After achieving statehood in 1803, political infighting among Ohio's more prominent leaders resulted in the state capital moving from Chillicothe to Zanesville and back again. The state legislature eventually decided that a new capital city, located in the center of the state, was a necessary compromise. Several of Ohio's small towns and villages petitioned the legislature for the honor of becoming the state capital, but ultimately a coalition of land speculators, with Sullivant's support, made the most attractive offer to the Ohio General Assembly. Named in honor of Christopher Columbus, the capital city was founded on February 14, 1812, on the "High Banks opposite Franklinton at the Forks of the Scioto known as Wolf's Ridge."[10] At the time, this area was a dense forestland, used only as a hunting ground.[11]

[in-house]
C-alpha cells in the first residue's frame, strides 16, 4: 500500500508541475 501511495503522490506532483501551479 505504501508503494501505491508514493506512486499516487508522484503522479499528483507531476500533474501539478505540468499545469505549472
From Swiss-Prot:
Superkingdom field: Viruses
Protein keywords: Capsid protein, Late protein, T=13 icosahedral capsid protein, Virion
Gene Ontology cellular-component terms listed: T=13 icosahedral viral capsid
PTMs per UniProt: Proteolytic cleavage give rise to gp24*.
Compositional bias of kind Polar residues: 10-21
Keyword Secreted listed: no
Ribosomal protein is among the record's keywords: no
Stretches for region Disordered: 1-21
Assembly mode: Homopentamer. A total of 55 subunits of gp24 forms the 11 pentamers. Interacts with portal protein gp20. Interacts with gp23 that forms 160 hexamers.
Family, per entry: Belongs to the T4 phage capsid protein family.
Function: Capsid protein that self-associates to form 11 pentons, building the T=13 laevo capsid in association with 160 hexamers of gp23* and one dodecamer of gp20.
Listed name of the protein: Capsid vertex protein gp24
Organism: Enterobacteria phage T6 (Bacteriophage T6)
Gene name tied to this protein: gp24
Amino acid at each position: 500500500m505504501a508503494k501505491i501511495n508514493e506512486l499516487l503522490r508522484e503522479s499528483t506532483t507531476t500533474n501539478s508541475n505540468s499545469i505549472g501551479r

Old City Hall, completed in 1872 and burned in 1921
Old City Hall, completed in 1872 and burned in 1921

The Burough of Columbus [sic] was officially established on February 10, 1816.[12] Nine people were elected to fill the various positions of Mayor, Treasurer, and others. Although the recent War of 1812 had brought prosperity to the area, the subsequent recession and conflicting claims to the land threatened the success of the new town. Early conditions were abysmal, with frequent bouts of fevers and an outbreak of Cholera in 1833.[13]